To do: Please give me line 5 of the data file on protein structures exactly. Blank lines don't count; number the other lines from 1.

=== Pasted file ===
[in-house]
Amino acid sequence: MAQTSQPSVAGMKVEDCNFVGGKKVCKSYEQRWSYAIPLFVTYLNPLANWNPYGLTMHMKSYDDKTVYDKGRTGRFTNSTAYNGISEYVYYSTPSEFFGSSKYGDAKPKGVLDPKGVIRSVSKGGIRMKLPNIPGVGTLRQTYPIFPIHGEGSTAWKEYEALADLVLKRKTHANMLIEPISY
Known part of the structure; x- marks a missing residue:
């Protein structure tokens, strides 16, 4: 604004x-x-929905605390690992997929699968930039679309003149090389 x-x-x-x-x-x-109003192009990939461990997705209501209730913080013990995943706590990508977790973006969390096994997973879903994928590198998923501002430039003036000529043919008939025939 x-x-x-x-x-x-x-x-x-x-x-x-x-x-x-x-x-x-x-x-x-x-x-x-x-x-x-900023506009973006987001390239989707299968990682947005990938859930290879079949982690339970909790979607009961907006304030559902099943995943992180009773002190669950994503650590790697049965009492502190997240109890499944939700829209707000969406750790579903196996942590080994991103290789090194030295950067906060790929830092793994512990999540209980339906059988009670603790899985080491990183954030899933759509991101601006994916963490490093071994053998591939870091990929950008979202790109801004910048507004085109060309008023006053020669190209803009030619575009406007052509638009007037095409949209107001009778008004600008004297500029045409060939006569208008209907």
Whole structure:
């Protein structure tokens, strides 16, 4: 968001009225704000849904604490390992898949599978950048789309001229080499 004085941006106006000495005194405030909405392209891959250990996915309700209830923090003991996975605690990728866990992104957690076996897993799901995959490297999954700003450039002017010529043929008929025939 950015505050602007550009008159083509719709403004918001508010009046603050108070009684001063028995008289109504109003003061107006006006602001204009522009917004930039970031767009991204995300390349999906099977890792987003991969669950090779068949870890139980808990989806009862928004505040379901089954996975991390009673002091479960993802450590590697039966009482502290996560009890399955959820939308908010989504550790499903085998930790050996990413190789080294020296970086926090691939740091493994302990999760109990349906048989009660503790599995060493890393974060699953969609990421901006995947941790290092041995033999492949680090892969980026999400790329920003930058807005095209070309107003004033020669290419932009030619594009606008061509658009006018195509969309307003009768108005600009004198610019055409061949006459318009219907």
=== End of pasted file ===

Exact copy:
Whole structure: